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Love or hate the 2016 Olympics, they'll leave Chicago and the Midwest in better shape

Yes, I am not a fan of the slogan "Let Friendship Shine" either, but I am in favor of the lasting impact the 2016 Olympics could have on Chicago and the Midwest as a whole.

In late April of this year, the Chicago Tribune reported on a massive $15.5 billion plan to rejuvenate and expand transportation, parks and commercial space downtown. Besides fixing the glaring problem of no CTA trains directly connecting to the Ogilvie Transportation Center or Union Station, the plan would also provide a train from the United Center to Millennium Park via Monroe St. The real key would be connecting Ogilvie and Union Station, which are only 2 blocks apart, so that passengers could easily transfer between the stations without having to face the fantastic weather that Chicago is notorious for most of the year.

The Olympics and Chicago will make big money, not on parking garages, but on accommodating as many visitors as possible from the surrounding Midwestern states, the rest of the country and the world (Thank you O'Hare) in a clean and walkable city that is not choked with traffic jams, but bustling in, out and all over with fast, expansive and seamlessly integrated public transportation, including one of my favorite proposed projects, the CTA Circle line.

When the Olympics pack up their big top and head back to Copenhagen, Chicago will be left with just that. A fast, expansive and seamlessly integrated public transportation network that serves not only the City of Big Shoulders, but all travelers and freight coming to or passing through Chicago.

I am not ecstatic about the crowds or craziness that the 2016 Olympics could reign down upon Chicago and it's fair citizens, but for tolerating one wild summer, Chicago and the entire region could be rewarded with billions of dollars of lasting infrastructure improvements that must hit an immovable deadline, rather than so many worthy public works projects that keep getting pushed further and further down the line -- I'm am looking at you 2nd Ave Subway.

Support Chicago's bid for the 2016 Games... even if you don't plan on being here for them.

As they say, BACK THE BID (If you live in Chicago, please email your Alderman if nothing else)

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The Big Ten and Midwestern Rail

While a student at Fordham University, which is along the Metro North, New York and Connecticut’s regional commuter line, I was jealous of my classmates who could walk off campus and catch the train home for a long weekend or holiday break as they read, chatted on their cell phone or just caught some shut eye, while whoever would be picking them up from the station was likely still at home, instead of caught in highway traffic. I on the other hand would be sitting at LaGuardia wondering which jumbo pretzel I wanted to try next since my $300+ flight home was just delayed for the 4th time.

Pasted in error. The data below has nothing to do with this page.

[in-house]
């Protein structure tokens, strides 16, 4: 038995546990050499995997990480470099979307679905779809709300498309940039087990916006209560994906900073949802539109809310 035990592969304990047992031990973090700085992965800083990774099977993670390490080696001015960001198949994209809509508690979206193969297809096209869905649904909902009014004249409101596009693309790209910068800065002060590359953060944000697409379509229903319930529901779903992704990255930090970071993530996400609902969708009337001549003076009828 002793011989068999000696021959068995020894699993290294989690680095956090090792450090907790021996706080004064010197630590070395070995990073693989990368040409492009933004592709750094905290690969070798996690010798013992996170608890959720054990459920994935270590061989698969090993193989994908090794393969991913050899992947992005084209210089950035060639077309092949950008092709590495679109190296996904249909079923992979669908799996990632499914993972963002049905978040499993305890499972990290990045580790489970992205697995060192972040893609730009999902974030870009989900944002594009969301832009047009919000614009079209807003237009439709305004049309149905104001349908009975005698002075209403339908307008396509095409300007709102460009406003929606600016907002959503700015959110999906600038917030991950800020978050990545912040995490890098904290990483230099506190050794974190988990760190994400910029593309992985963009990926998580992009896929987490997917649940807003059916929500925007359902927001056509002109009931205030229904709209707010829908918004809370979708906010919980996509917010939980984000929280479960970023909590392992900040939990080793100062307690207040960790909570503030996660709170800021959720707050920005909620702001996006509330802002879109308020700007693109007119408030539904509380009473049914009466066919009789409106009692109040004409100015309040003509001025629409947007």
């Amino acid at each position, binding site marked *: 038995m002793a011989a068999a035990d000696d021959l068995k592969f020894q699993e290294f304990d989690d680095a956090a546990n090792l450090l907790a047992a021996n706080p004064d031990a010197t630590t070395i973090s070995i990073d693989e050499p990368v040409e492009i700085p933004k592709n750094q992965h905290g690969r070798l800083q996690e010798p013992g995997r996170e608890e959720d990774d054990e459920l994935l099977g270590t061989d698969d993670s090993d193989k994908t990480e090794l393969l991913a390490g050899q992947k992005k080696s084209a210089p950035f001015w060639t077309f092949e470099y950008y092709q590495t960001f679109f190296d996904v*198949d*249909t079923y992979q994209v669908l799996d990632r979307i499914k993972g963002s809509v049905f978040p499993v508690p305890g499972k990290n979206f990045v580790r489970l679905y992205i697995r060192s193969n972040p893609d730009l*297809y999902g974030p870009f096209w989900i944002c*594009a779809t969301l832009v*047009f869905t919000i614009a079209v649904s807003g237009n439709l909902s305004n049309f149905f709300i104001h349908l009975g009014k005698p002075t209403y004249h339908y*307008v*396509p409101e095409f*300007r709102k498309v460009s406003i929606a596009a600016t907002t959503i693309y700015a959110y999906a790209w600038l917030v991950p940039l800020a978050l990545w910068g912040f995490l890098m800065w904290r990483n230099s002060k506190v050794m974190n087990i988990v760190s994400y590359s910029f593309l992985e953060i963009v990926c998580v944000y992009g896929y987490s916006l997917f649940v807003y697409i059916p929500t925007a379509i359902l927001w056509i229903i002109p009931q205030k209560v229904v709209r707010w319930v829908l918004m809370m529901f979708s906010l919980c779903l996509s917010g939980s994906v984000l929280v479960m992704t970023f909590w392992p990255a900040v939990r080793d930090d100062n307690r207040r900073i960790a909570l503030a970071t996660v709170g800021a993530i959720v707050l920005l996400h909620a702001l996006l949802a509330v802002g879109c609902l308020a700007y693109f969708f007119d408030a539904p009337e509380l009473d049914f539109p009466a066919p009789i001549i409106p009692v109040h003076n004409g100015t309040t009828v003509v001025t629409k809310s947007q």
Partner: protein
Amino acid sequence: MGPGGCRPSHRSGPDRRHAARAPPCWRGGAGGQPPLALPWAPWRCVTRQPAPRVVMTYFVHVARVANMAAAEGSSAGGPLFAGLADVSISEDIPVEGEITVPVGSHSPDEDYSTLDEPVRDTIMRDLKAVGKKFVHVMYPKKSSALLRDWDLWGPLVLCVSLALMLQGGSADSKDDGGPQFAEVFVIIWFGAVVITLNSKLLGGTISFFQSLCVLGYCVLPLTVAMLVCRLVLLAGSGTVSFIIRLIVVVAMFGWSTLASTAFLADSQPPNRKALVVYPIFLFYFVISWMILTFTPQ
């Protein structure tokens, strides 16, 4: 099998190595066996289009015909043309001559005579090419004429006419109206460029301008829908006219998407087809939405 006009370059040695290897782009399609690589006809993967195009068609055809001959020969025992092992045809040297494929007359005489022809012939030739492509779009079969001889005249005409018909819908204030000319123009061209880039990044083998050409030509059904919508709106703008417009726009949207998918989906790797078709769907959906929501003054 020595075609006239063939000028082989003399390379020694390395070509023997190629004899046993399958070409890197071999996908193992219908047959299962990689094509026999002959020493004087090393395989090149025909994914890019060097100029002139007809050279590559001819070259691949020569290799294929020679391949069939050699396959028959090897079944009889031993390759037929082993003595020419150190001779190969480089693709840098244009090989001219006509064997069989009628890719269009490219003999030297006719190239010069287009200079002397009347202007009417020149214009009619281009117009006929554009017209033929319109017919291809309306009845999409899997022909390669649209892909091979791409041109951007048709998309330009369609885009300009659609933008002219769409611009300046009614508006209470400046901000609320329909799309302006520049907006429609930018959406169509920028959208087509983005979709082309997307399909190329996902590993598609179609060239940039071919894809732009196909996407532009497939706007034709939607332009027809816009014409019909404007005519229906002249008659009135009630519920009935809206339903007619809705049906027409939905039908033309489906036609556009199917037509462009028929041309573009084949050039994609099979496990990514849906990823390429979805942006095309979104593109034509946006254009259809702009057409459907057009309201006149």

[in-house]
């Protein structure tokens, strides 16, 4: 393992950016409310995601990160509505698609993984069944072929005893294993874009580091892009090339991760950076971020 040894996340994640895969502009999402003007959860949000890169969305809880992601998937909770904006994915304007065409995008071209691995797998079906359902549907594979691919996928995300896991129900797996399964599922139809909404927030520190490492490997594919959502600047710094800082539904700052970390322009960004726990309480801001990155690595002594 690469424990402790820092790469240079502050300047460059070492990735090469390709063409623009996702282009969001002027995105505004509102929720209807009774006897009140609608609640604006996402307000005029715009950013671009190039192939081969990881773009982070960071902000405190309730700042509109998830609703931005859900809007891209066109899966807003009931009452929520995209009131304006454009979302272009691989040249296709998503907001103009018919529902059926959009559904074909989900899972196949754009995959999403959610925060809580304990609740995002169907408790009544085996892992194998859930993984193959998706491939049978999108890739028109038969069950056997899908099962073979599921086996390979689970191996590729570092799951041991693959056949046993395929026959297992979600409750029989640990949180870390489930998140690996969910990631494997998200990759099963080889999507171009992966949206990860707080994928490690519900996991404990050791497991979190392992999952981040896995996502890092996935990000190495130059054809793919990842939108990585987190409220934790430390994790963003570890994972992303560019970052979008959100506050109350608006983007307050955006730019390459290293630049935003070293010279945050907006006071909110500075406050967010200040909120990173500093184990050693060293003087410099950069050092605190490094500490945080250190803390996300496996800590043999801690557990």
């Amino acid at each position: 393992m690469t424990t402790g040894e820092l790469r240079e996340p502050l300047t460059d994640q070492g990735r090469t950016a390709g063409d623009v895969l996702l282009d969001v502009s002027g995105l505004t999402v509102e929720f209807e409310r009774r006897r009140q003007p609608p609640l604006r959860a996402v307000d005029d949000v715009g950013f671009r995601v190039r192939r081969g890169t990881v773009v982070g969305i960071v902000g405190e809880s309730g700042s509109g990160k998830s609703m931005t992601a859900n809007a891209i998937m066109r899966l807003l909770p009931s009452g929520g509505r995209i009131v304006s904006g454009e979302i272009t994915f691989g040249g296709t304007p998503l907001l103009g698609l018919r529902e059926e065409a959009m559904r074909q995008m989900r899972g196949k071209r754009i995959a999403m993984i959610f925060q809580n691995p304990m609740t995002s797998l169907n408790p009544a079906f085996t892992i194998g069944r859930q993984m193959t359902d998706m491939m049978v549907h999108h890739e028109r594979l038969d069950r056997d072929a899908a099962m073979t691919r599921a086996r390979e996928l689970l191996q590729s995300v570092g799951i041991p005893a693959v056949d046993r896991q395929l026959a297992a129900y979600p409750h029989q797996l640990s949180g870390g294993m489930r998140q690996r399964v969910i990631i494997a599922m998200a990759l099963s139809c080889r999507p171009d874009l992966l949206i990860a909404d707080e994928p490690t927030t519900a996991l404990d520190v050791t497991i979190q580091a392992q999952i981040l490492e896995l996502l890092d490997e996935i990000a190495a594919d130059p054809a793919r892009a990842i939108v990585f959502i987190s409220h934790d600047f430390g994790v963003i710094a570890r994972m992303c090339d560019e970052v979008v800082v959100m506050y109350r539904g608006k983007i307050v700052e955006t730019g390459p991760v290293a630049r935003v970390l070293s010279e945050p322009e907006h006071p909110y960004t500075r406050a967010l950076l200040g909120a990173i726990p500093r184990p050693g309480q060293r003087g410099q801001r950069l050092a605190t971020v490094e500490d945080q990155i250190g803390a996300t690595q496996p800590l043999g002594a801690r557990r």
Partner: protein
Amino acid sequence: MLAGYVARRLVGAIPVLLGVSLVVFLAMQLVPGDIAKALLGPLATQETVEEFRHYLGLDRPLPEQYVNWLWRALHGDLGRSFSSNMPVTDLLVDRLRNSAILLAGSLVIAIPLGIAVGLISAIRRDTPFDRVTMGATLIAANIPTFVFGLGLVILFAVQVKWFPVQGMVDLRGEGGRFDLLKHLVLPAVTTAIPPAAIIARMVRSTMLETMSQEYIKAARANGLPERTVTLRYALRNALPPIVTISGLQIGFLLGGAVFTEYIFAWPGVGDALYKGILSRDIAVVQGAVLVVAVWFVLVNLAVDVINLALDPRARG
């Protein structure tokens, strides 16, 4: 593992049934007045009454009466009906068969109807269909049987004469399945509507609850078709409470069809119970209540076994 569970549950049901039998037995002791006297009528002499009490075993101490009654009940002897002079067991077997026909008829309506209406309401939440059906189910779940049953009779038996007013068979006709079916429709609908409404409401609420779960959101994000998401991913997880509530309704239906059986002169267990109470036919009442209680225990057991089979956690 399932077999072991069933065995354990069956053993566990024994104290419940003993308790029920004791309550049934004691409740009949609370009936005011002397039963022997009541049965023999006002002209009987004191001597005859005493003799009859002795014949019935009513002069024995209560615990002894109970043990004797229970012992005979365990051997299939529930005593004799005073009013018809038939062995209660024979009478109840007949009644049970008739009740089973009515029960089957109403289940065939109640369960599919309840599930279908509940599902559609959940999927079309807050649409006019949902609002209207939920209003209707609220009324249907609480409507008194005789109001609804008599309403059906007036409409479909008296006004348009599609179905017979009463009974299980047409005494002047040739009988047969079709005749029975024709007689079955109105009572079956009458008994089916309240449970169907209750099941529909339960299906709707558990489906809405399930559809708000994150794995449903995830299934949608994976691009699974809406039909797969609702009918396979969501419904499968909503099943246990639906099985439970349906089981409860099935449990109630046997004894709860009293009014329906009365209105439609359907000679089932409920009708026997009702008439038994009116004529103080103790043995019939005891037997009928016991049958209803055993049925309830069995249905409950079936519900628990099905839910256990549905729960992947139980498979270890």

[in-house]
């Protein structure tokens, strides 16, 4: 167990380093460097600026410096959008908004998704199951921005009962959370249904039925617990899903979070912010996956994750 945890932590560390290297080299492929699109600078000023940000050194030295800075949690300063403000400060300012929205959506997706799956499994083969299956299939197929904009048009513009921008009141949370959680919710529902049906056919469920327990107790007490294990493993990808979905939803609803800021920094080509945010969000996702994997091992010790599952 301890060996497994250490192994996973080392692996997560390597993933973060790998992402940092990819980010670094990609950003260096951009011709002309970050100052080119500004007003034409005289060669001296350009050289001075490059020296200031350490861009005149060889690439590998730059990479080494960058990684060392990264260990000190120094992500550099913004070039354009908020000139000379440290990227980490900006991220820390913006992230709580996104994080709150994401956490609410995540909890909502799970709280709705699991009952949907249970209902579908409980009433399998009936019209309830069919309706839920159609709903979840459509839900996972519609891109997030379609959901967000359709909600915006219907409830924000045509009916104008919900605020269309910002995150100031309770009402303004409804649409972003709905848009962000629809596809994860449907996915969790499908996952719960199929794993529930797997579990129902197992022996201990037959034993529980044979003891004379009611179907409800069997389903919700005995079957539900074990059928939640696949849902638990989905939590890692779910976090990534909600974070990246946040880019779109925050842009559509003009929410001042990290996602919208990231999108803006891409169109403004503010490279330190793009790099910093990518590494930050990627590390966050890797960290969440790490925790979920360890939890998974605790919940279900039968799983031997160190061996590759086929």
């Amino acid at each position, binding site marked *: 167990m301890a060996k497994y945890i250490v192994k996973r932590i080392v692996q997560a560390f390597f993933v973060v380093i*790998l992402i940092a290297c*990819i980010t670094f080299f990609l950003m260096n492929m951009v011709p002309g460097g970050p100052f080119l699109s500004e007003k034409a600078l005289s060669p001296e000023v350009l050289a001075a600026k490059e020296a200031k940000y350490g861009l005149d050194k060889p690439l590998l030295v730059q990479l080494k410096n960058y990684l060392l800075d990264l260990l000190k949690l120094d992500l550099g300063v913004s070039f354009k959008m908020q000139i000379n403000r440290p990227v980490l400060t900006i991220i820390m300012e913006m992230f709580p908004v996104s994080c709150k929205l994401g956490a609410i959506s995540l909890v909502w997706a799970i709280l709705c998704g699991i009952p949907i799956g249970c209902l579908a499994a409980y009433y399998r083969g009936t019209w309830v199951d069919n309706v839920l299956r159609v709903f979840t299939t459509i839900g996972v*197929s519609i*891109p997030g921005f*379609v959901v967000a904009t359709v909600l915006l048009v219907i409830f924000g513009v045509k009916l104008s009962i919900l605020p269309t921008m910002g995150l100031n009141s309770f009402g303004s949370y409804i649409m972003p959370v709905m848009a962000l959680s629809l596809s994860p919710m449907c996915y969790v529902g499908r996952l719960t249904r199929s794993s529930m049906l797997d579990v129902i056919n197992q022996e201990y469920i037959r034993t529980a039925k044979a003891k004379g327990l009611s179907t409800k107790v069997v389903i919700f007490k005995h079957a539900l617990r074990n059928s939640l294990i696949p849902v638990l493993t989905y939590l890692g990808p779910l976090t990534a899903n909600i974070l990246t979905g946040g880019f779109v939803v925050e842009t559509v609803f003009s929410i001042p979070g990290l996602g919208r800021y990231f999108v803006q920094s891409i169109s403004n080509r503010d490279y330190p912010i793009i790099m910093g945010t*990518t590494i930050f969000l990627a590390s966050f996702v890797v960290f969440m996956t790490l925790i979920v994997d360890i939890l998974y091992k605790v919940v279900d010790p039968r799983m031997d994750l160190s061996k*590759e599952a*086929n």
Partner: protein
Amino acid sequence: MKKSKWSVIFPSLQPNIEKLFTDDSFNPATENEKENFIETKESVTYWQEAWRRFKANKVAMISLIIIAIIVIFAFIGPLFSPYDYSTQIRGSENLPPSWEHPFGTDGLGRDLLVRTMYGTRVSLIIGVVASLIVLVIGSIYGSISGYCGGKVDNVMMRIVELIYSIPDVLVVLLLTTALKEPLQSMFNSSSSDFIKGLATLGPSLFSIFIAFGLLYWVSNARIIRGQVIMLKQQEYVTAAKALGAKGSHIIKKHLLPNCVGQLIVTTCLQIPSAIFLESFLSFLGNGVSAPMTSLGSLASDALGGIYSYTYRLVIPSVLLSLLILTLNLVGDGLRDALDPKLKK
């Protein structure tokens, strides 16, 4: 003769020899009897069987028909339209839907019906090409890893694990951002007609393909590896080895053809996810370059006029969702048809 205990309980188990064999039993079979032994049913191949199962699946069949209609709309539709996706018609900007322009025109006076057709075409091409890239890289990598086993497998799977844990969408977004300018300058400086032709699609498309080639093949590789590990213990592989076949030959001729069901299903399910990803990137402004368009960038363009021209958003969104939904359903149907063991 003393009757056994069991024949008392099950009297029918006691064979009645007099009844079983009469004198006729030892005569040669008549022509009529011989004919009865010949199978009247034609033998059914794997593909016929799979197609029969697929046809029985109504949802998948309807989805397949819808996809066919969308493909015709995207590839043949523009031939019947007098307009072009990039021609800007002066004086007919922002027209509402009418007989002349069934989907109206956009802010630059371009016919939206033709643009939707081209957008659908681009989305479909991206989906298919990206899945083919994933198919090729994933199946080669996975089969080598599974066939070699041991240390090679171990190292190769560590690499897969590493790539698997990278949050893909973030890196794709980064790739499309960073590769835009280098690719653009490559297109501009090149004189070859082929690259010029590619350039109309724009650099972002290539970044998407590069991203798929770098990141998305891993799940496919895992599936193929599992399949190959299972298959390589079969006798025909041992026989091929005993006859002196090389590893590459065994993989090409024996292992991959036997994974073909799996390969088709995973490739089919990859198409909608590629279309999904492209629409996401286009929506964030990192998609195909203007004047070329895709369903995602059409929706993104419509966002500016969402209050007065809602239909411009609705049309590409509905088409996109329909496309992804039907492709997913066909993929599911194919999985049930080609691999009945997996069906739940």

The Midwest is home to the 11 universities of the Big Ten conference and the roughly 330,000 undergraduates that matriculate at those schools, not to mention the graduate students, faculty, staff and those people who live near campus. If you happen to be a student, parent or alumni of a Big Ten school, especially someone who is from a Midwestern state other than your respective school, just imagine the possibilities! The comfort and convenience of not driving 5 hours to go pick up your son or daughter for Thanksgiving, when they will need a ride back just a few days later. Going to visit your friend from high school for the weekend who is currently studying at a conference rival without having to drive or get a ride to the airport. Snow, rain or lava (you never know in the Midwest) your train is speeding towards your destination while you are taking a nap, using the restroom or checking your email through Amtrak's wifi, which is coming soon. No need to worry about whether that car on the side of the road is a cop with a radar gun or if your flight is going to be delayed yet AGAIN (See what Secretary LaHood has to say on that topic).

Map of the Big Ten schools across the Midwest: image courtesy of Wikipedia

Map of President Obama’s Vision for HSR in America --

When looking at the two images, it is easy to see how close the Big Ten schools will be to the lines on the planned Chicago Hub Network.

You might be thinking that your school is not close to a train station, well that is all the more reason to make sure that large colleges and universities, which attract HUGE numbers of people for education, employment and sporting events are considered when planning the Midwest Rail Network. Princeton University in New Jersey is approximately 3 miles from the busiest passenger line in the country, the Northeast Corridor Line. However students, employees and visitors can easily make the trip from the Princeton Junction Station on the mainline, to the steps of campus via a single coach car, known as “The Dinky”, which shuttles between the university and the prime artery for rail travel in the Northeastern United States. Small shuttle trains like The Dinky could easily link the nearest Amtrak Station to every campus in the Big Ten and numerous other institutions in the Midwest.

If you are a parent who is sick of traffic and long drives to campus, a student who would rather stretch out and relax while affordably traveling home for Winter Break, or a fan who would rather be goofing around with your buddies on your way to game instead of paying $50 to park on some guy's lawn nowhere where near the stadium, then keep this, among many other valid reasons, in mind when talking about the necessity of supporting comprehensive rail improvements throughout the Midwest.

To be totally blunt, fewer intoxicated fans driving home, fewer people stuck in interstate holiday traffic, fewer dollars spent on gas or airfare and fewer hours lost stuck in the car or on the runway during bad weather will benefit not only those traveling to and from a school, but all who fly, drive or ride a train in and out of and around the Midwest.

I apologize for not including many of the other excellent schools in the Midwest, namely Bradley University (Secretary LaHood’s Alma mater), so to illustrate the point of just how many colleges and universities would benefit from safe and dependable trains, please add in any schools that are less than 10 miles from the nearest Amtrak station in the comment section.

Please follow this link to make an impact by simply sending an email: